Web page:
First, let me express my full confidence in the work of Board members, of the AF Secretariat and Board committees (Ethics and Finance Committee, PPRC and Accreditation Panel). Even though it’s not permitted for a Board member to take part in the consideration of a matter related to his or her own country in order to avoid a conflict of interest, there is a guarantee that the decision that will be taken will be just and objective. Simply because the Board operates on the basis of relevant technical and legal documents that ensure certainty and objectivity of its decisions.
Coming back to the question, it’s well known that LDCs are among the most vulnerable countries to climate change. As an LDC, Benin is very vulnerable to climate change’s adverse effects with the main climatic risks being floods, droughts, coastal erosion, advancing seas, and strong winds. Every year, it’s registered floods in both the north and south of Benin with important social, economic and financial damages, and losses occurring for the population and government. This situation has contributed to raised awareness among policymakers on climate change issues. Benin’s National Adaptation Programme of Action (NAPA) elaborated in 2007 the most vulnerable sectors to climate change and adaptation priorities.
In 2011 Benin’s National Environment and Climate Fund (FNEC) was accredited to the Adaptation Fund, making Benin the second francophone country in Africa to be accredited after Senegal. The fact Benin has an NIE demonstrates its clear will to have direct access to AF resources and build its national capacities to effectively adapt to climate change. This accreditation experience was a great milestone in Benin’s efforts to increase its capacity in this area. One direct benefit was that we leveraged this accreditation to AF to accredit the same national fund to the Green Climate Fund last year in 2019 with financial support of the Federal Government of Germany. Benin is progressing in adaptation project development. It has set up local initiatives in many municipalities with the contribution of national resources from FNEC. Furthermore, through AF funding Benin is already benefitting from three concrete regional adaptation projects on the ground. These include:
- Integrating climate change adaptation measures in the concerted management of the WAP transboundary complex in Benin, Burkina Faso and Niger, implemented by the Sahara and Sahel Observatory (OSS) with US$ 11.5 million in AF funding.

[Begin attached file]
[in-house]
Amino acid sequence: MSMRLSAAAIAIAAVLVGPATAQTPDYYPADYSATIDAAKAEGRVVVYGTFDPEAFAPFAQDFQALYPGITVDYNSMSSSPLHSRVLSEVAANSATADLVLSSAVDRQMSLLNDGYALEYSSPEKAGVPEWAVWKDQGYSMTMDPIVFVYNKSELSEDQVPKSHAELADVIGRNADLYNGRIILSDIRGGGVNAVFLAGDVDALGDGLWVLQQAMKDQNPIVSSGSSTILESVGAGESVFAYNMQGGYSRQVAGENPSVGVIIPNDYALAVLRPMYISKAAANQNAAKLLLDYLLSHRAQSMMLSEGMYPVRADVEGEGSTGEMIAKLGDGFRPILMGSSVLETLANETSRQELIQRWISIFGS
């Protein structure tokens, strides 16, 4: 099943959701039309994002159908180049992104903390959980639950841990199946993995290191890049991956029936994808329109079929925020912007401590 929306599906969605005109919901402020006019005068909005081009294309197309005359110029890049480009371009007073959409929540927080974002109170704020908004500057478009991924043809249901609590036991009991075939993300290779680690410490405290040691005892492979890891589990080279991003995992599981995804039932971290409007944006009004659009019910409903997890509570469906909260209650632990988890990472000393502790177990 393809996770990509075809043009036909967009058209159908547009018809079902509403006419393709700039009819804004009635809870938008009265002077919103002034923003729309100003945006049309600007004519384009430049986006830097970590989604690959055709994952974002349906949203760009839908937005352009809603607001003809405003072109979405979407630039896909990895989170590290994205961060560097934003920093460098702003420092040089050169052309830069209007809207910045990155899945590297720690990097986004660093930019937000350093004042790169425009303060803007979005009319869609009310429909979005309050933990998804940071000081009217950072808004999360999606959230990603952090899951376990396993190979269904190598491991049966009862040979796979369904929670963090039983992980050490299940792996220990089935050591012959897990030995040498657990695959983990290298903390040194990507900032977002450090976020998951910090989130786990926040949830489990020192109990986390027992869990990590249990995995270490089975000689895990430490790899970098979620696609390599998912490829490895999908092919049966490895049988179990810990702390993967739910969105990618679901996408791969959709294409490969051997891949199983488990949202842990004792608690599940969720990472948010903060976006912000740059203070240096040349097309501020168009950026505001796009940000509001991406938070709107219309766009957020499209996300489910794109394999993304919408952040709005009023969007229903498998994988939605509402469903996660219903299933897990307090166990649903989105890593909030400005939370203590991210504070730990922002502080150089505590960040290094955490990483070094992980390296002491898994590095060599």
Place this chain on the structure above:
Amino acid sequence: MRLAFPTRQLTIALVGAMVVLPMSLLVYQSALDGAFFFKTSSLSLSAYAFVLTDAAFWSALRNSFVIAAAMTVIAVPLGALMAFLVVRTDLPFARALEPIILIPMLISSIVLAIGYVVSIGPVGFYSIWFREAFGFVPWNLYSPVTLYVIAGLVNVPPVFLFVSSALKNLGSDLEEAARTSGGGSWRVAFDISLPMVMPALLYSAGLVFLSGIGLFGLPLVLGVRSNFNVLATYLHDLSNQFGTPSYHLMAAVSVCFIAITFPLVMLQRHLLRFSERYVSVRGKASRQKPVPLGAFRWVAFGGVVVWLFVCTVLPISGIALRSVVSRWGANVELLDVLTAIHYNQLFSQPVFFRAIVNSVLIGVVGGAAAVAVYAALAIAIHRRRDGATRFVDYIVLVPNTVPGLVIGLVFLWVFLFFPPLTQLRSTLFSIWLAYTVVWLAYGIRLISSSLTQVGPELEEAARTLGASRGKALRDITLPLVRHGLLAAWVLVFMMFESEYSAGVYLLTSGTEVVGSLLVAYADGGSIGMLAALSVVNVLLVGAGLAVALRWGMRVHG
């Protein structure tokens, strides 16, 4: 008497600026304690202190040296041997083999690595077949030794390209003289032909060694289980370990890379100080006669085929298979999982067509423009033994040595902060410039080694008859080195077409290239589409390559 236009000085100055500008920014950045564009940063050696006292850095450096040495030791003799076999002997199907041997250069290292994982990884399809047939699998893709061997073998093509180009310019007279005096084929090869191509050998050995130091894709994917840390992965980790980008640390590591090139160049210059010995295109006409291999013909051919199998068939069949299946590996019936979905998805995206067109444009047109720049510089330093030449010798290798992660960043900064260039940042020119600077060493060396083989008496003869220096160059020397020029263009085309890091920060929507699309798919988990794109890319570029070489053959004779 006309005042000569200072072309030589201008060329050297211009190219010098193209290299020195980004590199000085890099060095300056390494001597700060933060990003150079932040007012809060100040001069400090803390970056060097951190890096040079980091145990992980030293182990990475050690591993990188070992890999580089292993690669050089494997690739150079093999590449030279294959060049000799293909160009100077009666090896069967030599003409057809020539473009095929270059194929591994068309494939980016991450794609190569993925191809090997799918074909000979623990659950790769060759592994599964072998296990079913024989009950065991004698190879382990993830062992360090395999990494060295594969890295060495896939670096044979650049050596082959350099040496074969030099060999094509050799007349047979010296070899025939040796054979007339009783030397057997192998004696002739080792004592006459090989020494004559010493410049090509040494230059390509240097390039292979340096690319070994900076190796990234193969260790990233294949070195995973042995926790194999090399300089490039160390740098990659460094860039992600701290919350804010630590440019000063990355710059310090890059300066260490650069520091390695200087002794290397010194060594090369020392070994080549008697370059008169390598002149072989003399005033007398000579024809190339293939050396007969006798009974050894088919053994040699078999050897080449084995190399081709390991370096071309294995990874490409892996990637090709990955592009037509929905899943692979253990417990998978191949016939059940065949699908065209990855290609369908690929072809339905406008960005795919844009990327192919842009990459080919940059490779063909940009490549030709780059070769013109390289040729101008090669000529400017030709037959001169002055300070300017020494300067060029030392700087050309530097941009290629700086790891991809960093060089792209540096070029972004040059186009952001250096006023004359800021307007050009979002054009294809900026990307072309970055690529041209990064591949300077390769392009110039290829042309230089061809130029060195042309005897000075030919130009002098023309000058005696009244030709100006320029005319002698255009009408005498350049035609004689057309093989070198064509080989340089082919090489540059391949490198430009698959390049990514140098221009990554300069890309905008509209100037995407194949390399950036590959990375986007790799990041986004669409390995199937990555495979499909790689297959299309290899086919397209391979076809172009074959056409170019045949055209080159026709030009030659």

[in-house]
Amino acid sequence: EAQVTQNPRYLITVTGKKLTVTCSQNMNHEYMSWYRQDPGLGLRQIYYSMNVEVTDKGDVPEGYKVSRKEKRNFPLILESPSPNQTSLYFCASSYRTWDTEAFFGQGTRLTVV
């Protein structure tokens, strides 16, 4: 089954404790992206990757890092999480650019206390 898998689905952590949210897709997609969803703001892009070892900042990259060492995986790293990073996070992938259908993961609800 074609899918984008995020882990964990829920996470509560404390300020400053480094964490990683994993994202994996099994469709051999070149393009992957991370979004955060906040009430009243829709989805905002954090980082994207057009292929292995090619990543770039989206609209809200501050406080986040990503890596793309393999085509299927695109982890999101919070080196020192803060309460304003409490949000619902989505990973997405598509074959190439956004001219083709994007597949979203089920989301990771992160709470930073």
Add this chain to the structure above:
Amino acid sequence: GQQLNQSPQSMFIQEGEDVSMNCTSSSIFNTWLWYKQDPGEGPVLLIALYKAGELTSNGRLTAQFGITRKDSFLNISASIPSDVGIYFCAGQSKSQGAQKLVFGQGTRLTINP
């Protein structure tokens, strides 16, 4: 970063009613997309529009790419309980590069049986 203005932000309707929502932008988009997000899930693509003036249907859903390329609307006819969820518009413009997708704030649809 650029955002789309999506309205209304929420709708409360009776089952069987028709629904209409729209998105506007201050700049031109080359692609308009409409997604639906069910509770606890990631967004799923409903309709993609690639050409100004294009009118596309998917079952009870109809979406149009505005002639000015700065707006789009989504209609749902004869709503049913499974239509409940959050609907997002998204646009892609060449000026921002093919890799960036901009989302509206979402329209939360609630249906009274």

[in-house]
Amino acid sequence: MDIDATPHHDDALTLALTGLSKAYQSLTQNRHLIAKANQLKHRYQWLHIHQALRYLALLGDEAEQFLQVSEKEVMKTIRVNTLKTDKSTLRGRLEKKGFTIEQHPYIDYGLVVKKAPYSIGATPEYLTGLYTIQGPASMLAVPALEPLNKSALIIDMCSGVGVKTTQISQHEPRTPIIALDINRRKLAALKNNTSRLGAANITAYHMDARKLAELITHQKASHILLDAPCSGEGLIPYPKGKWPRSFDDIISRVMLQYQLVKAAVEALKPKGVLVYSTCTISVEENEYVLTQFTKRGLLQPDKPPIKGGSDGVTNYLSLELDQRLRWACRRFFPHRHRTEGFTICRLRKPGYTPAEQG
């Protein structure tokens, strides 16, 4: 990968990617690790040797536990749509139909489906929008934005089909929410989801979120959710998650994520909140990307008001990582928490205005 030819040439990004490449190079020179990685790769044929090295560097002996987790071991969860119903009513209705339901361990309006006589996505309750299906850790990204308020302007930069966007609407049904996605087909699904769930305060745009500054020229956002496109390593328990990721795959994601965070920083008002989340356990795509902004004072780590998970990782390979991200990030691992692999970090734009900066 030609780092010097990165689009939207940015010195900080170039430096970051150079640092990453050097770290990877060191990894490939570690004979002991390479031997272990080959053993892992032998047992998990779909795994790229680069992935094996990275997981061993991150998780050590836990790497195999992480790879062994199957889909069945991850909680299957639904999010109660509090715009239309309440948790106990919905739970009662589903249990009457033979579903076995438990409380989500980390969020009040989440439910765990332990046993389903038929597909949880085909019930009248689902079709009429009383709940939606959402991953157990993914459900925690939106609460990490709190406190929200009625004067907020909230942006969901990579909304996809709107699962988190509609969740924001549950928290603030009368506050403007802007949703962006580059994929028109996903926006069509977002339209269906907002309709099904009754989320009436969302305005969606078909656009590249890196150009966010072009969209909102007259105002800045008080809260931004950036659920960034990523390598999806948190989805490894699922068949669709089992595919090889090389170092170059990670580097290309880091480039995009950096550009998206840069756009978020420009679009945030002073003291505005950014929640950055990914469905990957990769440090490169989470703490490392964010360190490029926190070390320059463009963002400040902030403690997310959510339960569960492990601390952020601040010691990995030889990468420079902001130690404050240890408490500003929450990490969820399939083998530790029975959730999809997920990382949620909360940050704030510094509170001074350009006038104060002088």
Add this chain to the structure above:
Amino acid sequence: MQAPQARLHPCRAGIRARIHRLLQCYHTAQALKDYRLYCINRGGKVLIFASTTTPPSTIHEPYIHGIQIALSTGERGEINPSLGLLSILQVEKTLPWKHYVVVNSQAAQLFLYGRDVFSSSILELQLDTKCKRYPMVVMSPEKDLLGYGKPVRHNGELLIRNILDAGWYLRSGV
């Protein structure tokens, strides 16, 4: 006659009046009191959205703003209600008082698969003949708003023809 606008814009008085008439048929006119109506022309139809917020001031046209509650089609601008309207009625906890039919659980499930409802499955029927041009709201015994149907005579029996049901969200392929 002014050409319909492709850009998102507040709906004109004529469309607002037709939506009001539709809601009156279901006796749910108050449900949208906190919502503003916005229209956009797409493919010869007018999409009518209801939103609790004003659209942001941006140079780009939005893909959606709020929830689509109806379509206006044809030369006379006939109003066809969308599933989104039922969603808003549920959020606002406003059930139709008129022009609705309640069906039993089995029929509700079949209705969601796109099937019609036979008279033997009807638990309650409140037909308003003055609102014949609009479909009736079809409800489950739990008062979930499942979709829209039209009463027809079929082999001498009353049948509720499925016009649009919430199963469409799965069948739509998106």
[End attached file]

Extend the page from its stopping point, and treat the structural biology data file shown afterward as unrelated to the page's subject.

- Integrating flood and drought management and early warning in the Volta Basin in Benin, Burkina Faso, Côte d’Ivoire, Ghana, Mali and Togo, implemented by the World Meteorological Organization (WMO) with US$ 7.9 million in AF funding.
- Promoting climate-smart agriculture in West Africa in Benin, Burkina Faso, Ghana, Niger and Togo, implemented by the West African Development Bank (BOAD) with US$ 14 million in AF funds.
A potential fourth regional project to scale up climate-resilient rice production in West Africa (in Benin, Burkina Faso, Côte d’Ivoire, the Gambia, Ghana, Guinea, Liberia, Mali, Niger, Nigeria, Senegal, Sierra Leone, and Togo) is being proposed through a pre-concept note by OSS for US$ 14 million.
Benin is also actively preparing to develop its own national Direct Access project through FNEC, which was reaccredited by AF in March 2020. In sum, I can affirm that Benin is in an interesting and very promising dynamic to more fully develop concrete adaptation projects and access climate finance.
Can you comment about your own experience working on the Board and with other Board members and country representatives until now, and also representing the Board in regional settings and speaking panels at times?
I would like to start by expressing my sincere thanks to my constituency, African countries that appointed me to be a Board member, to my colleagues of the Board and to the AF Secretariat.
I can say I have had new interesting experiences on climate finance issues through reviewing many adaptation projects. I met respectful professionals in many areas who have enriched my own expertise. I hope also I brought to them some valuable experiences and contributions. By nature, I like to learn a lot in order to be able to deliver for the good of my constituency and colleagues of the Board. This has allowed me to gain the trust of my colleagues who felt that I can effectively chair the Board. Again, I’m very grateful to them.
In my work at the Board, I have had the necessary time to objectively appreciate the huge and excellent work of the AF Secretariat. They have all my esteem. On many occasions, their technical support has been very important in my role as Vice-Chair and when I have had to speak during AGN meetings and the events organized by AF for parties and observers, particularly at the SB 50 climate conference in Bonn and COP 25 in Madrid last year. This experience was exciting and formative. For a French speaker whose English is not of a high level, it’s not an easy task. But I adapted to face some of these challenges and now I’m happy to see the level of my English has progressively improved because of the challenges I have had to take on. Based on my experience, I would like to call upon my French-speaking colleagues to dare to take on more responsibilities in this climate change process and to work hard to improve their English. This will be their own achievement and pride.